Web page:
Connect With Us

Chair Rail Installation Tips

by HomeRepairExpert.com
Chair rails, when used for function, were often just a thick board nailed to the wall at upper chair height to protect from scrapes. Today, chair rails add a decorative finish to a plain wall or to top off bead board, wainscoting or wall panels. Installation of a chair rail is a moderately difficult do-it-yourself project requiring some skill with a saw.

Chair rails, when used for function, were often just a thick board nailed to the wall at upper chair height to protect from scrapes. Today, chair rails add a decorative finish to a plain wall or to top off bead board, wainscoting or wall panels. Installation of a chair rail is a moderately difficult do-it-yourself project requiring some skill with a saw.

Wood Choices and Amounts

Try to match new chair rails as closely as possible to rails in other parts of your house. Pine and poplar, semi-soft woods, are often used because they are fairly easy to cut and nail; these woods are most often used when the chair rail will be painted. Maple and oak are harder, making them more difficult to work with, however are well suited in rooms where the wood will be stained. A variety of boards and decorative moldings allow homeowners to customize chair rails to fit the style of the home. Determine the amount of material needed by measuring the room at chair rail height and dividing this number by the length of the molding to get the number of lengths needed; add 10 percent to account for waste.

Placement

Chair rails are typically placed one-third up the wall or around 32 to 36 inches from floor level. Placement can also be determined by setting a chair next to the wall and marking where the back of the chair touches the wall.

Tools

Cutting and installation of chair rails can be accomplished with hand tools such as a miter box, hand saw, nail punch and a hammer or screwdriver. Tools such as a power miter saw and pneumatic nail gun or power drill will accelerate completion of the project. A level and tape measure are also needed. Items used for finishing include wood filler, a putty knife, interior grade caulk and a caulking gun, and paint or stain. Brads, finishing nails and screws need to be long enough to penetrate the chair rail and ½ to ¾ inches into the stud. Rails can be glued to walls, however this is a permanent solution as removal is exceedingly difficult.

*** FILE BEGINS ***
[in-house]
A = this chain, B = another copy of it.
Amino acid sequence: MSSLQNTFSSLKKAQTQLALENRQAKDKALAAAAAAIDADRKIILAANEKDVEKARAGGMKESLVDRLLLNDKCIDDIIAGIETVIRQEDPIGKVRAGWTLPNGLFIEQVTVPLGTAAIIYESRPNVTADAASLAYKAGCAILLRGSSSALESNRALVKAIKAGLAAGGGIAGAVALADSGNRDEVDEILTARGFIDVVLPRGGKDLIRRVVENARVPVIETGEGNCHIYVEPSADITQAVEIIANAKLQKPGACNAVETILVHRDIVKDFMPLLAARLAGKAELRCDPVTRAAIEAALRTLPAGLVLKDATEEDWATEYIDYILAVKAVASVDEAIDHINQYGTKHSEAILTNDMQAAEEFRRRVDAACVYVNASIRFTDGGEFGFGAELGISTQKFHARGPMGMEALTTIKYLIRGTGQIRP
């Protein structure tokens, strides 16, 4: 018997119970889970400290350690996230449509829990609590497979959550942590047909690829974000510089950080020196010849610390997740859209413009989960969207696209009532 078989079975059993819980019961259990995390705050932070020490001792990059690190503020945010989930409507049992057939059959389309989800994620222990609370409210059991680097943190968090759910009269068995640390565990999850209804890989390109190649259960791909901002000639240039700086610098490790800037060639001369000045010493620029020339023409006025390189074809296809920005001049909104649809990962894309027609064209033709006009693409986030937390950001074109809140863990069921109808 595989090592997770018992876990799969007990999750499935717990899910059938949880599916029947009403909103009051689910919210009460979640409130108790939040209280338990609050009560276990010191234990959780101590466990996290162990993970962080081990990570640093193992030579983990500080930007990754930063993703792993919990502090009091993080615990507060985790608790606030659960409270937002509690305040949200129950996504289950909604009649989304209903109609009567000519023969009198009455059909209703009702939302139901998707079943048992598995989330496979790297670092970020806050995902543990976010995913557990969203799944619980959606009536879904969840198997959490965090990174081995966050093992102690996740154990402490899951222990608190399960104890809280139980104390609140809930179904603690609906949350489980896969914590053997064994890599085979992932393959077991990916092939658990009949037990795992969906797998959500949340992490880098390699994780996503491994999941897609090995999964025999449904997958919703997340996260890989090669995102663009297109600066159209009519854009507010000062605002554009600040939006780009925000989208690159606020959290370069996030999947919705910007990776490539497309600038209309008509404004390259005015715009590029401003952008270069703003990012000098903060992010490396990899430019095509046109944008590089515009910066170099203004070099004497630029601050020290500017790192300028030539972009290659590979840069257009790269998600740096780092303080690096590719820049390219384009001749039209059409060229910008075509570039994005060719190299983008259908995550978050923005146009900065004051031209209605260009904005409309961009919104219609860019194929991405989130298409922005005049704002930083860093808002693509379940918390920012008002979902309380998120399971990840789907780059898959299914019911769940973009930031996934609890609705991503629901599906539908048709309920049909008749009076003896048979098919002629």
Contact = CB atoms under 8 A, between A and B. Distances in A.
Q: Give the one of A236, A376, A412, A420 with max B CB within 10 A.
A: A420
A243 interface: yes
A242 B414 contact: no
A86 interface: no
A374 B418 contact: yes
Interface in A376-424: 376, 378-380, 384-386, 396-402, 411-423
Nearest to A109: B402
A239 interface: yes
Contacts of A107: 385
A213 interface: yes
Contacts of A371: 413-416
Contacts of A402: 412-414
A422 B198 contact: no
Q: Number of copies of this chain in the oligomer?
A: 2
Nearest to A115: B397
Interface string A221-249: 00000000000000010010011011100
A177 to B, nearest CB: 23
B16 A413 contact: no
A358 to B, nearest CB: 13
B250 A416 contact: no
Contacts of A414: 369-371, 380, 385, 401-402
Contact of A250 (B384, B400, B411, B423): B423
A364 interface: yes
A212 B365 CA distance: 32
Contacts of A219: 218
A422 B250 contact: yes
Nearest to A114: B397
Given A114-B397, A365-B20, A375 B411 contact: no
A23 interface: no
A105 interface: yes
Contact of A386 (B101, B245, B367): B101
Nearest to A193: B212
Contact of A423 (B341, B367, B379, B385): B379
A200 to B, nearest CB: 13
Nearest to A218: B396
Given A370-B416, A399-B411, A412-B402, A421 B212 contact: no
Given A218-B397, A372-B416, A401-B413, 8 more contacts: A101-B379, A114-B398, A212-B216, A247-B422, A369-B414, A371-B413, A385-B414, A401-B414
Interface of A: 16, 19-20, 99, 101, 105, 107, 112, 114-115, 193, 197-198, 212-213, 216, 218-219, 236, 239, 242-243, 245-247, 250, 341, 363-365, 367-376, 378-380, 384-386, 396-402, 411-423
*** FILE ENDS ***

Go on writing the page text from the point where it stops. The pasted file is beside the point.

Installation

Wood should be placed in the room where the chair rail will be installed 48 to 72 hours in advance to allow for temperature and humidity adjustments. Painting or staining the rail prior to installation reduces the amount of finishing work. Leveling is done at the top of the chair rail, ensuring the finished product will appear as a straight line. For aesthetics, use one length of chair rail per wall and only work on one wall at a time; do not pre-cut pieces for the entire room. (http://bestwoods.com/Wainscot-ShadowBox.pdf ) If using nails or screws, mark the wall studs prior to starting the project. Holes can be predrilled in the chair rail by holding a piece against the wall to see where the studs are located, then marking or drilling the rail. Inside and outside corners should be mitered; outside corner miters will require extra length.



Copyright © 2017 HomeRepairExpert.com